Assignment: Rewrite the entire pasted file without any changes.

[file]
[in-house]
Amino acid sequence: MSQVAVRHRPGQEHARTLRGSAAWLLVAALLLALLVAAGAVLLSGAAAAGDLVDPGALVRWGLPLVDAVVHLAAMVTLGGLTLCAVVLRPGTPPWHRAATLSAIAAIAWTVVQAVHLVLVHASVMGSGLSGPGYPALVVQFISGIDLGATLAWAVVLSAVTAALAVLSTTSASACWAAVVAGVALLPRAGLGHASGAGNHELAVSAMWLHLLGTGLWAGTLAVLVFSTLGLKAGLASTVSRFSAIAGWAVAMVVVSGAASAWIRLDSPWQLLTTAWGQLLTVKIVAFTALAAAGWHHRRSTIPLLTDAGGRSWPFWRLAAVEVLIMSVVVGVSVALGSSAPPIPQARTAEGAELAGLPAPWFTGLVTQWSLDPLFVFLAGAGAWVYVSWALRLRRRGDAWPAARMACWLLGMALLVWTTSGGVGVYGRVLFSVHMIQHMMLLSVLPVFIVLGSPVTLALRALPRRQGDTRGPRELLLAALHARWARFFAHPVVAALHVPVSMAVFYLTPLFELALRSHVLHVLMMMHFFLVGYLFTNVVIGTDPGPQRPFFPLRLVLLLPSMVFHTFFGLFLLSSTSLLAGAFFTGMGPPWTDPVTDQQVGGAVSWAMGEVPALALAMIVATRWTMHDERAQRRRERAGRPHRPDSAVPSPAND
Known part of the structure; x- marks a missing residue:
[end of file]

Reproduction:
[in-house]
Amino acid sequence: MSQVAVRHRPGQEHARTLRGSAAWLLVAALLLALLVAAGAVLLSGAAAAGDLVDPGALVRWGLPLVDAVVHLAAMVTLGGLTLCAVVLRPGTPPWHRAATLSAIAAIAWTVVQAVHLVLVHASVMGSGLSGPGYPALVVQFISGIDLGATLAWAVVLSAVTAALAVLSTTSASACWAAVVAGVALLPRAGLGHASGAGNHELAVSAMWLHLLGTGLWAGTLAVLVFSTLGLKAGLASTVSRFSAIAGWAVAMVVVSGAASAWIRLDSPWQLLTTAWGQLLTVKIVAFTALAAAGWHHRRSTIPLLTDAGGRSWPFWRLAAVEVLIMSVVVGVSVALGSSAPPIPQARTAEGAELAGLPAPWFTGLVTQWSLDPLFVFLAGAGAWVYVSWALRLRRRGDAWPAARMACWLLGMALLVWTTSGGVGVYGRVLFSVHMIQHMMLLSVLPVFIVLGSPVTLALRALPRRQGDTRGPRELLLAALHARWARFFAHPVVAALHVPVSMAVFYLTPLFELALRSHVLHVLMMMHFFLVGYLFTNVVIGTDPGPQRPFFPLRLVLLLPSMVFHTFFGLFLLSSTSLLAGAFFTGMGPPWTDPVTDQQVGGAVSWAMGEVPALALAMIVATRWTMHDERAQRRRERAGRPHRPDSAVPSPAND
Known part of the structure; x- marks a missing residue: